At a recent trip to Tate Modern I spent some time looking closely at something I’d regularly passed by without really thinking about it. On two floors of the museum, by the entrances to the four galleries of permanent holdings, there is a timeline of twentieth-century art, written in the cursive script reminiscent of Tate’s chosen font (a round-headed sans serif of implicit, somewhat patronizing accessibility). The timeline, designed by Sara Fanelli as part of their UBS-sponsored 2006 rehang, underscores Tate Modern’s (highly successful) public profile as a fun day out with a bit of weird art thrown in. The timeline intersperses the names of art movements in wonky caps with the names of artists associated with them, clustered around like moths. The thinking is that the public will respond favorably to the cutesily handmade (its ubiquity in branding is remarkable), which can make the apparently unpalatable (the history of conceptual photography, or a faceless global conglomerate) seem sweet and likeable. This notion is carried through in Tate’s identity in wall texts and advertising.
What’s interesting, though, is the notion of creating a Barr-style timeline for the history of postmodern/contemporary art, something that contemporary art historians might balk at because of its Darwinian association of art as a series of improvements on the past. This remains entrenched in survey courses in western art history, which sees the high Renaissance as a lofty peak, with pre- and post-Renaissance art as the slopes leading up and down.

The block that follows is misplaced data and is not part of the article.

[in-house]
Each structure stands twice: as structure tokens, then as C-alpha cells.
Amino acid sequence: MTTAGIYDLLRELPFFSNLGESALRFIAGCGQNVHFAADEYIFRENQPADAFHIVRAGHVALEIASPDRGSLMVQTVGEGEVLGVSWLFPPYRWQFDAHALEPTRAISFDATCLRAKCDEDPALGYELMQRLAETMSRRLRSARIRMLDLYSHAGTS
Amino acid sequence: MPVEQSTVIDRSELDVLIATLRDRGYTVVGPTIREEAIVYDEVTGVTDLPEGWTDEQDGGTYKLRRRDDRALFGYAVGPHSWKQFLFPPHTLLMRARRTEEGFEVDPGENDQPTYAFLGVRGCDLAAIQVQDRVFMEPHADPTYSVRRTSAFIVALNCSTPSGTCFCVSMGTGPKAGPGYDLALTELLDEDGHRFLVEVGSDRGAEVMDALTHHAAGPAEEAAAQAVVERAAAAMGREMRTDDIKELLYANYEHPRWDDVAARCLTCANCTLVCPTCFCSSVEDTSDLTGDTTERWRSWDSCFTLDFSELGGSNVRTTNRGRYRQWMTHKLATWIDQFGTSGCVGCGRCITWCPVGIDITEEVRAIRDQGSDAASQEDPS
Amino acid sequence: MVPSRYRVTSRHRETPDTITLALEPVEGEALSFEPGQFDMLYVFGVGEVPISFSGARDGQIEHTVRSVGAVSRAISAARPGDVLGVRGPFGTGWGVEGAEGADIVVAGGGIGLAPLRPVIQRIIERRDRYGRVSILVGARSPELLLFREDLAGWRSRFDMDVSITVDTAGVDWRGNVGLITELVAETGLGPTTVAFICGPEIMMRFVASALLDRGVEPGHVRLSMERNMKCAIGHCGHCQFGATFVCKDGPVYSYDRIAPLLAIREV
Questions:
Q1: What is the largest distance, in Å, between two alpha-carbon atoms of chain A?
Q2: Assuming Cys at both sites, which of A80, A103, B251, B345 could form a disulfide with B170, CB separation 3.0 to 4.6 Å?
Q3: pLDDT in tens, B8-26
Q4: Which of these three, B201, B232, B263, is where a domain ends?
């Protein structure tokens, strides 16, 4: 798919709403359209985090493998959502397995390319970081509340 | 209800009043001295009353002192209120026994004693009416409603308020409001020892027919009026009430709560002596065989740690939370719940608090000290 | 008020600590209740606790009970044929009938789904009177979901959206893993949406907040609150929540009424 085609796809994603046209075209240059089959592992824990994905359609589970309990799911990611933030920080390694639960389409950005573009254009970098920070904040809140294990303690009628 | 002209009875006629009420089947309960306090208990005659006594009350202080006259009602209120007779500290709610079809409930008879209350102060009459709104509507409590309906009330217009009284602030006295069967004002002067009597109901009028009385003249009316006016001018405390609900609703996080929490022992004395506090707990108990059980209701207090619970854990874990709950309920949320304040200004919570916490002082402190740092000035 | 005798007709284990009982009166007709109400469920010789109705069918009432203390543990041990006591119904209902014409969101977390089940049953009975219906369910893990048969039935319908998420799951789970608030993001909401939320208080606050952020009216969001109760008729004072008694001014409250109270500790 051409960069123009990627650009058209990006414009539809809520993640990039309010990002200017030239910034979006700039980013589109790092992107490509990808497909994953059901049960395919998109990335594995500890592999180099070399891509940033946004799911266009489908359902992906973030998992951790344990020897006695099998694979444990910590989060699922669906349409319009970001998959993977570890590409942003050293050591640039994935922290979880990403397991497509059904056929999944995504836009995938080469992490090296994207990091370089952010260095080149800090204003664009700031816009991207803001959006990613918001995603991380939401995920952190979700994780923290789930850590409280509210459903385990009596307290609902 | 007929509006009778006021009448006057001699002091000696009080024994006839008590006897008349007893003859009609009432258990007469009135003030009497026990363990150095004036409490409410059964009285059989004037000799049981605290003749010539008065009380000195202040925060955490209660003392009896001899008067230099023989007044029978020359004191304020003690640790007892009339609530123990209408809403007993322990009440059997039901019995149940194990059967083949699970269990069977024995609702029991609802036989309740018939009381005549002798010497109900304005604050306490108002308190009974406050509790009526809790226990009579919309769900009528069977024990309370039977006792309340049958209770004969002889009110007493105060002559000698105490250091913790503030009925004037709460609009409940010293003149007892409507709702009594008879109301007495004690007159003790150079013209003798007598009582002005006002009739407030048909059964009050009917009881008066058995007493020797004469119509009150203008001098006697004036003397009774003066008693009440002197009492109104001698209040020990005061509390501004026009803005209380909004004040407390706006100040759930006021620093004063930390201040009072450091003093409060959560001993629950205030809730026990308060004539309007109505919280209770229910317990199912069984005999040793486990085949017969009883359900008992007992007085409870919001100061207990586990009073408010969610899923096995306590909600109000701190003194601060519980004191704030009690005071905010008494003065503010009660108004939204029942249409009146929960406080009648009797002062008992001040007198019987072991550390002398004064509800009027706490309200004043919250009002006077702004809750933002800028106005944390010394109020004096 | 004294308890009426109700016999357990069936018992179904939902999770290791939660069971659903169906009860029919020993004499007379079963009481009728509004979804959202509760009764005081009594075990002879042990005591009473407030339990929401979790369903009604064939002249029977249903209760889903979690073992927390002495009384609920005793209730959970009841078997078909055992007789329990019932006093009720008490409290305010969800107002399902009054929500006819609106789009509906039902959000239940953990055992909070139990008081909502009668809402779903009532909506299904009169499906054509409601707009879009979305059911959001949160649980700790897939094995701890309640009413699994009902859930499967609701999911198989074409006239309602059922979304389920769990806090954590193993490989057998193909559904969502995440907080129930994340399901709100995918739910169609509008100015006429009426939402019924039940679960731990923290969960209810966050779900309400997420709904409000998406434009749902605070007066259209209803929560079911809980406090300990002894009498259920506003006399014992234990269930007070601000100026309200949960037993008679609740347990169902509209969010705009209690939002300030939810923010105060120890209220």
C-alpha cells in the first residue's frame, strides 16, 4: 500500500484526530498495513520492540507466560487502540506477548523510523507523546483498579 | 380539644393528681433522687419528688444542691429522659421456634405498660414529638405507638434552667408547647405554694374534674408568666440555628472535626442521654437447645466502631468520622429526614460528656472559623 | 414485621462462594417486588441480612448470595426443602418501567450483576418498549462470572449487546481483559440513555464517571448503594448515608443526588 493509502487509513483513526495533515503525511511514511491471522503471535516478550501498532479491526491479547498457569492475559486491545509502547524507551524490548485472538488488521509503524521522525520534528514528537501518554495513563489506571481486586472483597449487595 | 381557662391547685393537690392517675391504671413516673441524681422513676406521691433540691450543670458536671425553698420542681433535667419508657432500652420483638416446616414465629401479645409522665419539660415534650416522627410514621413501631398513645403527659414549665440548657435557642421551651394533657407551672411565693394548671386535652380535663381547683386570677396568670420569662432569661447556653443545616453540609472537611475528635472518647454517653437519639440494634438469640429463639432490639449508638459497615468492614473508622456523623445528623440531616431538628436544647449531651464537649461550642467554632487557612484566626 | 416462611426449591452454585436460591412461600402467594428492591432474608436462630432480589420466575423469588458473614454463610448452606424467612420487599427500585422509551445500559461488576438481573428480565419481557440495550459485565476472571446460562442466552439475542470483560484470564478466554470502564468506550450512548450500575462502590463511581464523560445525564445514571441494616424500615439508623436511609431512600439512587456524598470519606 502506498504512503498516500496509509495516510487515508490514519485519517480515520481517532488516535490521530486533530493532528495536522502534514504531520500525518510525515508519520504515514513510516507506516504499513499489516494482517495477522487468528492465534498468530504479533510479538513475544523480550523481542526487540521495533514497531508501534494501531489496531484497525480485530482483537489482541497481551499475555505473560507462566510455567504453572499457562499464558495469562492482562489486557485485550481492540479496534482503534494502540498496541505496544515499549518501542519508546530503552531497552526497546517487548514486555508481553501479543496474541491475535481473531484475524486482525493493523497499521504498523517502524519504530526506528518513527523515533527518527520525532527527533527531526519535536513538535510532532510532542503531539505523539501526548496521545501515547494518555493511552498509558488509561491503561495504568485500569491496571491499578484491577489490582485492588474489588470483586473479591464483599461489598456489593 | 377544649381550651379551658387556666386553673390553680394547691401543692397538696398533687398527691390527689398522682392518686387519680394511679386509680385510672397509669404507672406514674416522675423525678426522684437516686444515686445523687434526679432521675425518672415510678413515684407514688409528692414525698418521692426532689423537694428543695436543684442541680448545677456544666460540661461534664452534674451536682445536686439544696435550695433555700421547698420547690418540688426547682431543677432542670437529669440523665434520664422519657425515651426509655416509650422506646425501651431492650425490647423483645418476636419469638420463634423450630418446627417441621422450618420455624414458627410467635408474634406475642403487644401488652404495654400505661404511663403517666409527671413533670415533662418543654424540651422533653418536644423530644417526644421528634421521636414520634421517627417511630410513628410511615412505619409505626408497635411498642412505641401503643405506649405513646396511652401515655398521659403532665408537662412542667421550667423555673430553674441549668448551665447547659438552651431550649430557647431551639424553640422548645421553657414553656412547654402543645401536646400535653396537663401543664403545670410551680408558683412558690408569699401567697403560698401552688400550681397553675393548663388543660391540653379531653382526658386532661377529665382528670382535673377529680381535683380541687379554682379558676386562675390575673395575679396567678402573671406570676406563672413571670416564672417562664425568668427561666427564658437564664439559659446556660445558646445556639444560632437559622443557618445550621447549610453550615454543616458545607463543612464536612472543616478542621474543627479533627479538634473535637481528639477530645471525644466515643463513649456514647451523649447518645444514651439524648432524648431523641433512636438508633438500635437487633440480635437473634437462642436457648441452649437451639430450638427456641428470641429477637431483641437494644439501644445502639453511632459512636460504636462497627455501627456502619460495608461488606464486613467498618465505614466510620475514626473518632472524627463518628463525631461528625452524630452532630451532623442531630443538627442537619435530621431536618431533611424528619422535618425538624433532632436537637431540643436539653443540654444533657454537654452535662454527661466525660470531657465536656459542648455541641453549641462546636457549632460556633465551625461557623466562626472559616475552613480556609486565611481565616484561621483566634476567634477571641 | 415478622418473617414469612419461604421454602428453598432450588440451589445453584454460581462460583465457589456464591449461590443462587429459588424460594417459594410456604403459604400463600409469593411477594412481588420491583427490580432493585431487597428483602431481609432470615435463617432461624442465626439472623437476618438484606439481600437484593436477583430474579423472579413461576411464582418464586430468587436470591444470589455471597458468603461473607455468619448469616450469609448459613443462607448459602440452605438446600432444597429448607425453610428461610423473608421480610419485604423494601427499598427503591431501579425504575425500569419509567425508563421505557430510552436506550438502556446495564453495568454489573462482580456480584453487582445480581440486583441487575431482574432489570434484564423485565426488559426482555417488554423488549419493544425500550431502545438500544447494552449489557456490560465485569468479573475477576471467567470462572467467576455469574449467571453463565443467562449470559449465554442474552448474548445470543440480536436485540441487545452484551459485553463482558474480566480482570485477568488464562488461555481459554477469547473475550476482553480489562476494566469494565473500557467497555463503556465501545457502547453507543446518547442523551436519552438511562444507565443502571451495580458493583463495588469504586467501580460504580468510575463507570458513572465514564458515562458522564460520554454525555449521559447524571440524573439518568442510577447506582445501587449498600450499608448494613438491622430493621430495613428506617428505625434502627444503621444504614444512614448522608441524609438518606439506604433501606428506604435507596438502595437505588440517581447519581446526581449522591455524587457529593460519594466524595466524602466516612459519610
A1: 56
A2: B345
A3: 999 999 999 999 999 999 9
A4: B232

Teaching contemporary art as art history, then, presents certain problems: how do we go about constructing a history of the recent past? Are we in danger of being token in our selection of artists outside of the conventional framework of western art? Clearly the Tate Modern-style approach is too overly redolent of established histories of art (it may be appropriate for more obviously developmental periods, though, such as Archaic, Classical and Hellenistic sculpture). But as educators, what method can we use to make sense of art of, say, the last 50 years for the benefit of students? In general, I tend to lean toward the unapologetically idiosyncratic. This charming “timeline” by James Elkins from Stories of Art is a good example of a defiantly non-linear “history of art” that might make more sense for art of the recent past.
I’d love to hear how other educators might consider approaching this idea. Who’s in and who’s out – and why?